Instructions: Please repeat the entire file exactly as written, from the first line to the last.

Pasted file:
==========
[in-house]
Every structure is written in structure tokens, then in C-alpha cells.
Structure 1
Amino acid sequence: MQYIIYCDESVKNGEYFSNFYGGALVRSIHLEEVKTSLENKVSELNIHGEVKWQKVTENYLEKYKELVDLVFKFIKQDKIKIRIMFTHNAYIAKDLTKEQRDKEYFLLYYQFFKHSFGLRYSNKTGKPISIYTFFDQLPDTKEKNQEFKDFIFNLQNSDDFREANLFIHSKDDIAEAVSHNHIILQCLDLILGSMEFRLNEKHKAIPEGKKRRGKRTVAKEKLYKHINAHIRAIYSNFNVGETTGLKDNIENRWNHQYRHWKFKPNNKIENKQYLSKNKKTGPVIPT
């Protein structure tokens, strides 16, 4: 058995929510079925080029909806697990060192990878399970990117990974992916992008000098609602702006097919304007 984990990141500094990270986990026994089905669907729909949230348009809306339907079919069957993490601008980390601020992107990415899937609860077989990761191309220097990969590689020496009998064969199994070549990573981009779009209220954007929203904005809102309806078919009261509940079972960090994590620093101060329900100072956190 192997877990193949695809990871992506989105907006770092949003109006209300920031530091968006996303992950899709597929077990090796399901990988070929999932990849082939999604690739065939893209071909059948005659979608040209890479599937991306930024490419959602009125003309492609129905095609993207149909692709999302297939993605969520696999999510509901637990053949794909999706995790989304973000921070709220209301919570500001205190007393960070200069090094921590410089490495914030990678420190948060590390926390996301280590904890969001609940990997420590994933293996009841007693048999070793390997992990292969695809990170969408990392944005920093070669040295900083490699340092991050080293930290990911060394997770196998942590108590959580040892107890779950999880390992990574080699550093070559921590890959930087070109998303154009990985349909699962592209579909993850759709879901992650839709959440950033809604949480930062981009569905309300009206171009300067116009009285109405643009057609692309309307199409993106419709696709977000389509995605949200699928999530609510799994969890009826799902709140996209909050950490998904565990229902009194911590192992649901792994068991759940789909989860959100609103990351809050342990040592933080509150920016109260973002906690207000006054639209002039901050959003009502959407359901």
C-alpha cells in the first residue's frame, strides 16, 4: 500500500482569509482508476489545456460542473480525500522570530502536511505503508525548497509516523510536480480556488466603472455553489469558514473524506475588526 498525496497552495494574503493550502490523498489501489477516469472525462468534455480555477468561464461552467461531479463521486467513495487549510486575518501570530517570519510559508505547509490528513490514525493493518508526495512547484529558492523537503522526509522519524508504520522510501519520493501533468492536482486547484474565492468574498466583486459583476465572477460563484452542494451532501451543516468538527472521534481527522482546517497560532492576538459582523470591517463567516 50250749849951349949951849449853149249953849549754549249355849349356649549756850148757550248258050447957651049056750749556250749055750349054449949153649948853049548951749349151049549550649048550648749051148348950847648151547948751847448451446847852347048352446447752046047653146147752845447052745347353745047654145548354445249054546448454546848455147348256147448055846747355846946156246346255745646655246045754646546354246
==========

[in-house]
Every structure is written in structure tokens, then in C-alpha cells.
Structure 1
Amino acid sequence: MQYIIYCDESVKNGEYFSNFYGGALVRSIHLEEVKTSLENKVSELNIHGEVKWQKVTENYLEKYKELVDLVFKFIKQDKIKIRIMFTHNAYIAKDLTKEQRDKEYFLLYYQFFKHSFGLRYSNKTGKPISIYTFFDQLPDTKEKNQEFKDFIFNLQNSDDFREANLFIHSKDDIAEAVSHNHIILQCLDLILGSMEFRLNEKHKAIPEGKKRRGKRTVAKEKLYKHINAHIRAIYSNFNVGETTGLKDNIENRWNHQYRHWKFKPNNKIENKQYLSKNKKTGPVIPT
């Protein structure tokens, strides 16, 4: 058995929510079925080029909806697990060192990878399970990117990974992916992008000098609602702006097919304007 984990990141500094990270986990026994089905669907729909949230348009809306339907079919069957993490601008980390601020992107990415899937609860077989990761191309220097990969590689020496009998064969199994070549990573981009779009209220954007929203904005809102309806078919009261509940079972960090994590620093101060329900100072956190 192997877990193949695809990871992506989105907006770092949003109006209300920031530091968006996303992950899709597929077990090796399901990988070929999932990849082939999604690739065939893209071909059948005659979608040209890479599937991306930024490419959602009125003309492609129905095609993207149909692709999302297939993605969520696999999510509901637990053949794909999706995790989304973000921070709220209301919570500001205190007393960070200069090094921590410089490495914030990678420190948060590390926390996301280590904890969001609940990997420590994933293996009841007693048999070793390997992990292969695809990170969408990392944005920093070669040295900083490699340092991050080293930290990911060394997770196998942590108590959580040892107890779950999880390992990574080699550093070559921590890959930087070109998303154009990985349909699962592209579909993850759709879901992650839709959440950033809604949480930062981009569905309300009206171009300067116009009285109405643009057609692309309307199409993106419709696709977000389509995605949200699928999530609510799994969890009826799902709140996209909050950490998904565990229902009194911590192992649901792994068991759940789909989860959100609103990351809050342990040592933080509150920016109260973002906690207000006054639209002039901050959003009502959407359901």
C-alpha cells in the first residue's frame, strides 16, 4: 500500500482569509482508476489545456460542473480525500522570530502536511505503508525548497509516523510536480480556488466603472455553489469558514473524506475588526 498525496497552495494574503493550502490523498489501489477516469472525462468534455480555477468561464461552467461531479463521486467513495487549510486575518501570530517570519510559508505547509490528513490514525493493518508526495512547484529558492523537503522526509522519524508504520522510501519520493501533468492536482486547484474565492468574498466583486459583476465572477460563484452542494451532501451543516468538527472521534481527522482546517497560532492576538459582523470591517463567516 50250749849951349949951849449853149249953849549754549249355849349356649549756850148757550248258050447957651049056750749556250749055750349054449949153649948853049548951749349151049549550649048550648749051148348950847648151547948751847448451446847852347048352446447752046047653146147752845447052745347353745047654145548354445249054546448454546848455147348256147448055846747355846946156246346255745646655246045754646546354246